Assisted suicide ban cannot be diluted even in 'harrowing' case of MS sufferer


The absolute ban on assisted suicide is fully justified under the Constitution to protect the most vulnerable in society and cannot be diluted even in the “harrowing” case of a woman terminally ill with multiple sclerosis, the High Court has ruled.

However, the three-judge court said it was “sure” the DPP would act in a “humane and sensitive” way in considering whether to prosecute any assisted suicide of Marie Fleming.

Giving the court’s judgment, president of the High Court Mr Justice Nicholas Kearns, with Mr Justice Paul Carney and Mr Justice Gerard Hogan, said unravelling “even a thread” of the ban, by even a limited constititional finding in favour of Ms Fleming, would, or might, “open a Pandora’s box which thereafter would be impossible to close”.

Fundamental objective

The State is committed under the Constitution to protecting the sanctity of all human life and “valuing equally” the life of all persons. The ban was rationally connected to that fundamental objective and “not remotely based on arbitrary, unfair or irrational considerations”.

“In the eyes of the Constitution, the last days of the life of a terminally ill and disabled patient facing death have the same value, possess the same intrinsic human dignity and naturally enjoy the same protection as the life of the healthy young person . . .”

Even with the most rigorous safeguards, it “would be impossible to ensure the aged, the disabled, the poor, the unwanted, the rejected, the lonely, the impulsive, the financially compromised and emotionally vulnerable would not avail of this option in order to avoid a sense of being a burden on their family and society”.

If doctors could hasten deaths of the terminally ill, this might send “a subliminal message” to vulnerable groups that, to avoid consuming scarce resources amid shrinking public funds for healthcare, physician-assisted suicide was “a normal option” to be considered.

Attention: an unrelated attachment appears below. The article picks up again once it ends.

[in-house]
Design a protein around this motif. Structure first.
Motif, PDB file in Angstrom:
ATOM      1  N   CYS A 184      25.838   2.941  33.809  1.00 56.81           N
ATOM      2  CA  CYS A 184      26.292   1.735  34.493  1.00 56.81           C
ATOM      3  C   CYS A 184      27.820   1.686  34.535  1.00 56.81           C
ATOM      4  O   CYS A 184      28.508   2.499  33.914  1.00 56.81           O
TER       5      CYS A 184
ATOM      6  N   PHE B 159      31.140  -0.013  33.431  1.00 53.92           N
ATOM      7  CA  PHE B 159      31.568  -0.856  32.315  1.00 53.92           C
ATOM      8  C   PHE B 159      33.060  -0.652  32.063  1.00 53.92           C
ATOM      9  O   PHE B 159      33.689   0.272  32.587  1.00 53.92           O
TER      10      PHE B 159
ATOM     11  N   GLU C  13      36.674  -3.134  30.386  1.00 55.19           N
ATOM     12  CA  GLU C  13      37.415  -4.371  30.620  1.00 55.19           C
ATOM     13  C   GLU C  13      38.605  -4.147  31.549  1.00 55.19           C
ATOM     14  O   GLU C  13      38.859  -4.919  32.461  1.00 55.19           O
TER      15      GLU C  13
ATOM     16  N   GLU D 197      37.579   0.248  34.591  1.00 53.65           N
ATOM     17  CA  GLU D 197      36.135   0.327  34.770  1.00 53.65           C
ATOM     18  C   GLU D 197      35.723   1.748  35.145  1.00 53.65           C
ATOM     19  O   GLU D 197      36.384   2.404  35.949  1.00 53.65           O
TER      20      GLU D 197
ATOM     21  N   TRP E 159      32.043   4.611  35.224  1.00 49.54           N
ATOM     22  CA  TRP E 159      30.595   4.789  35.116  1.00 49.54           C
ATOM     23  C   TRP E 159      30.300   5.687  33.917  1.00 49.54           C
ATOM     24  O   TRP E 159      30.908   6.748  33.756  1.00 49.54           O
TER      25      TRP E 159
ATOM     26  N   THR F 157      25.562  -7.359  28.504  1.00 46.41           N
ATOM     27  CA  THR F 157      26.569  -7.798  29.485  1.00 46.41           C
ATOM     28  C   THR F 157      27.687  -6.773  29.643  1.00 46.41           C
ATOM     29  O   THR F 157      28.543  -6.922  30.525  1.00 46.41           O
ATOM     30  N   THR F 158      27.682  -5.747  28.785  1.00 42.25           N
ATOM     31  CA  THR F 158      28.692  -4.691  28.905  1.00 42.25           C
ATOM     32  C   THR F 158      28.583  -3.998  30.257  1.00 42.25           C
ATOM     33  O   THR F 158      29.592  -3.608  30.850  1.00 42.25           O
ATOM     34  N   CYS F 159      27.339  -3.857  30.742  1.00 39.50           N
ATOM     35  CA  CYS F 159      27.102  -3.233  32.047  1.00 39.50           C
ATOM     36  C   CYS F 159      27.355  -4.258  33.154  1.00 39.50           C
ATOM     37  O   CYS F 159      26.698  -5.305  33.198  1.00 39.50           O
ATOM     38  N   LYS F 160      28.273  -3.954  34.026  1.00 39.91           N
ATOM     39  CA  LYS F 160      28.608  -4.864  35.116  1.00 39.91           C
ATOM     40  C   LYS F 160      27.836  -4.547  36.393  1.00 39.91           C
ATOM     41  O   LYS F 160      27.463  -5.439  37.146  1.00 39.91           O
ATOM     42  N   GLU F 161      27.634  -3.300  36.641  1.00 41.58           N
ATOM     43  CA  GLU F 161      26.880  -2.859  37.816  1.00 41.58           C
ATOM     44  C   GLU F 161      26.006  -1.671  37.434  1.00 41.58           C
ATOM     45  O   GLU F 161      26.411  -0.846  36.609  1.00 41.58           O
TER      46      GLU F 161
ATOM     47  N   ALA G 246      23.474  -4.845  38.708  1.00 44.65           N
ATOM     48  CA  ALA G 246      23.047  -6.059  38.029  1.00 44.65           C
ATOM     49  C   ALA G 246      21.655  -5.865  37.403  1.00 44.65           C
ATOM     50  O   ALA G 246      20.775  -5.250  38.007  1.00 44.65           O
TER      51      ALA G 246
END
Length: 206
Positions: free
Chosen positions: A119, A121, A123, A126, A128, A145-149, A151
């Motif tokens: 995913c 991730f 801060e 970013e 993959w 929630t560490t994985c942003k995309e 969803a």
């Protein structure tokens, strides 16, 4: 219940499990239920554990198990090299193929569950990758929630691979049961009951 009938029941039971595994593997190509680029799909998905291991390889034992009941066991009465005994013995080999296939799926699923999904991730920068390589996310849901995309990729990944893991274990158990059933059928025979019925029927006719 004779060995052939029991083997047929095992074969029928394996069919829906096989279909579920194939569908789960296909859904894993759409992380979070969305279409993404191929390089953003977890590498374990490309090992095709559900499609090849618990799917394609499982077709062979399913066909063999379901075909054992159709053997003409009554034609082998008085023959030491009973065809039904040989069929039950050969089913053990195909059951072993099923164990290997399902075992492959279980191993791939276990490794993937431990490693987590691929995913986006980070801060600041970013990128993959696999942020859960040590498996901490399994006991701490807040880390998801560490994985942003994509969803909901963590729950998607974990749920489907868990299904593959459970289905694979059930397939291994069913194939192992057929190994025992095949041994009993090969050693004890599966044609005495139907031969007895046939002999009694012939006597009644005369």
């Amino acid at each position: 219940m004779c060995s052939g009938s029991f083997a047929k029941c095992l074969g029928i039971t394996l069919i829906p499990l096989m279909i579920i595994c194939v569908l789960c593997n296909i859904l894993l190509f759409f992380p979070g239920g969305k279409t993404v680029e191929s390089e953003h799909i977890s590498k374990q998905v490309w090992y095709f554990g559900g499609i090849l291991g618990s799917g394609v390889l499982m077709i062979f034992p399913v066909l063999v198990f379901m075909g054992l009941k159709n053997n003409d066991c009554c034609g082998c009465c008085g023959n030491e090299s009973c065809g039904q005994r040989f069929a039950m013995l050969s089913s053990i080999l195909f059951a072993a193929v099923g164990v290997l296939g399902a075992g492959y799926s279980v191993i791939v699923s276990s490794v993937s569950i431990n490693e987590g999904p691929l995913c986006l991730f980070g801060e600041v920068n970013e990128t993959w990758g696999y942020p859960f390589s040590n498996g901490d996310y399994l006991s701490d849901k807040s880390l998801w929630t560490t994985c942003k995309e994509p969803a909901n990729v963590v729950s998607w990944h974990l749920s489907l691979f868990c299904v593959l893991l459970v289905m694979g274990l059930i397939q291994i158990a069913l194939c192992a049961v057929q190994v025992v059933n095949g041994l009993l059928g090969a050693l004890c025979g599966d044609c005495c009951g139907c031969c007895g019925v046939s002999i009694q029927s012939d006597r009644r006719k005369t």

Mr Justice Kearns said Ms Fleming’s courage in adversity was “both humble and inspiring” and she was “in many ways the most remarkable witness” any of the three judges had ever been “privileged to encounter”.

The heart of her claim was that the State’s obligation to protect and vindicate her personal autonomy rights under article 40.3.2 was impermissibly interfered with by the blanket ban.

While finding her personal autonomy and equality rights were engaged by the ban, the court found no disproportionate interference with those rights.

This case was “entirely different” from one where a competent adult refused medical treatment, even if such refusal led to death, because assisted suicide involved the taking of “active” steps by a third party to bring about the death of another.

If the court could “tailor-make” a solution to suit Ms Fleming’s needs “alone” without any possible implications for third parties or society at large, there might be “a great deal” to be said for her article 40.3.2 case, but the court could not be so satisfied.

The court had heard ample evidence to support the view any relaxation of the ban would be impossible to tailor to individual cases and also inimical to the public interest in protecting the most vulnerable. Evidence from other countries where assisted suicide was legal showed abuse risks were “all too real”.

‘Invidious position’

As the Constitution provided that only the Oireachtas could change the law, the DPP could not issue guidelines setting out what factors would be taken into account in deciding whether to prosecute assisted suicide cases, the court also ruled.

It noted Ms Fleming had sought assurances from the DPP “before” any assisted suicide event which put the DPP in “an invidious, if not impossible” position. To make the DPP aware of an intended criminal offence might oblige her to consult other authorities to stop an offence being committed, such as happened in the X case in 1992.

A “different state of affairs” arose if, after an assisted suicide, the DPP was given “reliable evidence” of compliance with factors akin to those considered by the British DPP in assisted suicide.

“In this of all cases”, the court felt sure the DPP would exercise her discretion in a humane and sensitive fashion, but that was for the DPP.

Because the European Convention on Human Rights replicated the same rights at issue in the case, the claim of breach of ECHR rights also fell.

Given the “exceptional public importance” of the issues raised, the court said Ms Fleming was entitled to her costs.